Dec. 8, 2003 – Dealer Checkup
December 8, 2003
Filed under Features
Fixing your phone chaos
There is rarely a day that I do not call several different powersports dealerships. With astounding regularity I am appalled at how I am treated and what I hear or don’t hear.
If your dealership uses an automated answering system (auto attendant), here are a few do’s and don’ts you may want to consider when configuring your system.
Ever wonder why a good restaurant will not seat you even though tables are available? It is because they have learned that you will judge them from the time you sit down until you are served, and they cannot overrun the kitchen.
Funny how waiting an hour for a table is a sign of a good restaurant but waiting 15 minutes to be waited on after being seated indicates a bad restaurant.
I am convinced that a busy signal is the lesser of the evils to waiting on hold, leaving a message in a cold impersonal machine, or wading around through endless loops of options while being told how much the company values you, how they are the best, and that you will be assisted in the near indefinite future. Maybe!
Setting up a phone system
So, how would I set up an auto attendant phone system?
Why 1 for Parts instead of Sales like in most dealerships? Here’s why: You receive more calls for Parts than any other department. So, if you can start taking care of your largest group of callers in four seconds instead of 15 seconds in addition and give them only information that is important to them at the moment, I can assure you they will be happier and easier to assist when you do take their call.
Example: Press 2 for Service. As the call is being transferred to that department you may “sell.” For example: “At BIG FUN POWERSPORTS we believe you should never miss playtime, so we now offer one day and while-you-wait service options for tune-ups, oil changes, tires and most routine maintenance. Ask for details.”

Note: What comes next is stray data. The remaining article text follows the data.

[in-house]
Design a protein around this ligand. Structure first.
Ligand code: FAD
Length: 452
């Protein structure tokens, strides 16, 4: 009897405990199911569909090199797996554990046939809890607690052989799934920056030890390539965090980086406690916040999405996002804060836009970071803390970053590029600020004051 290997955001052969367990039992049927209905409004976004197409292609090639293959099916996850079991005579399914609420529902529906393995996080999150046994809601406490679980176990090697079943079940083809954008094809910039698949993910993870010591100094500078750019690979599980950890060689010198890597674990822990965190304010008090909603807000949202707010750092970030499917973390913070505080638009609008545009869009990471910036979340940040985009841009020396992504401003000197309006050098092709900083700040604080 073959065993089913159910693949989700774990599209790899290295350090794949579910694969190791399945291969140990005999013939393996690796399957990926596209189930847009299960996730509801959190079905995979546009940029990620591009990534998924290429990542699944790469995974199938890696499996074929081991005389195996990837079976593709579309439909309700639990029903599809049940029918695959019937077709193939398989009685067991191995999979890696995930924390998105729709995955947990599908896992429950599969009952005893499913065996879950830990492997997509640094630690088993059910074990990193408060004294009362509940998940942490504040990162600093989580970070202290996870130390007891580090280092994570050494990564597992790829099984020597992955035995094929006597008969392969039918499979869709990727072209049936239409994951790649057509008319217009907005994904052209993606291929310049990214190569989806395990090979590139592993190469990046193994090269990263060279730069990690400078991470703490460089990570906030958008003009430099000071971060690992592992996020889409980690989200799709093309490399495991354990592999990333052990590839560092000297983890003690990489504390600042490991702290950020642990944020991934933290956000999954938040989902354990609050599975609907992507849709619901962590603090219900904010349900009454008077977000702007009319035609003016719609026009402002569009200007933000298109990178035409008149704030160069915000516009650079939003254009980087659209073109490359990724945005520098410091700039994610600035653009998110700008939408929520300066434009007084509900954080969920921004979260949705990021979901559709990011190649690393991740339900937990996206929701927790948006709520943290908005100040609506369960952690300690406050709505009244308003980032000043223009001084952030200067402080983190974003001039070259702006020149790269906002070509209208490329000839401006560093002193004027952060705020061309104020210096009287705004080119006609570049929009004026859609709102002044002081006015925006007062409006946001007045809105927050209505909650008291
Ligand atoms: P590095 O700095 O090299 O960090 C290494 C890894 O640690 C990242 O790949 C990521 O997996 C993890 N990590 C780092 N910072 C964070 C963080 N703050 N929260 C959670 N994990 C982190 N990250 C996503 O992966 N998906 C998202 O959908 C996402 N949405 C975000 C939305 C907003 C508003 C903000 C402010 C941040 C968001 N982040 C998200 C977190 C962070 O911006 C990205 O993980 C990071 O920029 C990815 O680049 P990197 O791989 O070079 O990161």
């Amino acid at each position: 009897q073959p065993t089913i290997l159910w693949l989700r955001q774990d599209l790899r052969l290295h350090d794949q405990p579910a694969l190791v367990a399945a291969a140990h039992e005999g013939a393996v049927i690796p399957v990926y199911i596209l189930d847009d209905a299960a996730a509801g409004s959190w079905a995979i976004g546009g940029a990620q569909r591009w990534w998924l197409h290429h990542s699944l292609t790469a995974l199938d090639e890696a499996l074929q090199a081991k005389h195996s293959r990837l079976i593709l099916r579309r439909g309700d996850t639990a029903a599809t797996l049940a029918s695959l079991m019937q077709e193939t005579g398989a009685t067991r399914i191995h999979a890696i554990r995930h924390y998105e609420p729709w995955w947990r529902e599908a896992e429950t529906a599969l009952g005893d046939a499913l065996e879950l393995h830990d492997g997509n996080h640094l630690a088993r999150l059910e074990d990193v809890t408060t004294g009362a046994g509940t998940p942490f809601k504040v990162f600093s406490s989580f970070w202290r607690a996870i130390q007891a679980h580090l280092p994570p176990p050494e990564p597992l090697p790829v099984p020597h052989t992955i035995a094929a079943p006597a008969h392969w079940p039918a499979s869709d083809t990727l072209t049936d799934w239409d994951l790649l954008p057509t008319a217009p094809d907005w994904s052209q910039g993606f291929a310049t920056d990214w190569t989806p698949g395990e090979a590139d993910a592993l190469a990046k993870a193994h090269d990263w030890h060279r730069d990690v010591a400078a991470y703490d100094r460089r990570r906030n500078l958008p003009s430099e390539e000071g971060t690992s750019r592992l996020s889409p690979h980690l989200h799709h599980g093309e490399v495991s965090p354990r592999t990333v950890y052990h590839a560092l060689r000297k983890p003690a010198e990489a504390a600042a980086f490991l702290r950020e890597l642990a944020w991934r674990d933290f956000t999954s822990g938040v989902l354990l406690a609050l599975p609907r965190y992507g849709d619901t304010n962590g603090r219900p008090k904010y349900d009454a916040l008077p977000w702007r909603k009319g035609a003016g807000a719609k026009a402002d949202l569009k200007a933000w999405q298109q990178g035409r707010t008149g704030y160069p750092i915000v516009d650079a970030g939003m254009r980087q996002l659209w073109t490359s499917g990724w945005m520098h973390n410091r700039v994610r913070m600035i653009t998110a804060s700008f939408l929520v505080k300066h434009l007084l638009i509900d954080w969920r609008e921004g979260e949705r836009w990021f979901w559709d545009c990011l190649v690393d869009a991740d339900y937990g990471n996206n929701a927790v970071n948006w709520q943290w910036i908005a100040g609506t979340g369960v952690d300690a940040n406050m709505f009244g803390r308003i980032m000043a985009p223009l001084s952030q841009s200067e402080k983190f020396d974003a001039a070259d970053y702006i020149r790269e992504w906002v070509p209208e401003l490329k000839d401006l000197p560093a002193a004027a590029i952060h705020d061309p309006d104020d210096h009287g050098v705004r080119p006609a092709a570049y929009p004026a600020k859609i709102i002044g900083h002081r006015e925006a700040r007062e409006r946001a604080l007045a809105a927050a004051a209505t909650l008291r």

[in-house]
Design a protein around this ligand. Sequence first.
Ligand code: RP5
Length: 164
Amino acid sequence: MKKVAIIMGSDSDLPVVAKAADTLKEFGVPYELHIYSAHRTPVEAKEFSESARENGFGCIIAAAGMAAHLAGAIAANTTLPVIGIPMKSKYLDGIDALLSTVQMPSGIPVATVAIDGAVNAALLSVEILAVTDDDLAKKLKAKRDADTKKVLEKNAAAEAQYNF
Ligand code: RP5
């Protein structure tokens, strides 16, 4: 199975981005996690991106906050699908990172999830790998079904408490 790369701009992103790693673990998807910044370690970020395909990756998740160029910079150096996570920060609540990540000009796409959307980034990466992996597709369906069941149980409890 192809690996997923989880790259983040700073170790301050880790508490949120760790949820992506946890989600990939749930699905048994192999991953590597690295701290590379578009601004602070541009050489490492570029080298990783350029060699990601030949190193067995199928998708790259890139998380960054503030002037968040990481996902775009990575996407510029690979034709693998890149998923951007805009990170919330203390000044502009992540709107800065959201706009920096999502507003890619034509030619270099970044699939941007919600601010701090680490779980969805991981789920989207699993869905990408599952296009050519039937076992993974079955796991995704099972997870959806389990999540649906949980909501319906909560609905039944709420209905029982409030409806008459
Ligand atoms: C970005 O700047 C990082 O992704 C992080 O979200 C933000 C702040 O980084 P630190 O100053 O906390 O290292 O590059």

Play a few seconds of music and then present another department feature benefit, followed by a few seconds of music and then just music until the department answers the call.
If the greeting took five seconds, followed by the transfer to a department that did not answer, followed by a rollover to someone after 20 seconds, and it took another 20 seconds for that person to answer, your guest has already been waiting for assistance for 45 seconds. That seems like a long time when you are trying to get an answer to your important question.
Mailboxes can be a very effective time management tool if they are used by those you have relationships with and who have been given a mailbox extension number.
Anyone who has answered a call can offer to take a message or transfer the caller to the appropriate person’s mailbox but it should always be your caller’s choice. If you cannot handle all your calls, then add people or limit your phone lines.
It is my experience that customer satisfaction will suffer either on the floor or on the phone if your available incoming lines equal 30% of your total staff that is available for customer support, regardless of the size of your dealership.
REMEMBER! Your telephone is just another door to your dealership. First impressions rule, and your phone guest’s view of your dealership is 100% controlled by how he or she was treated by your phone system, the staff member who took their call and the picture they created of your dealership.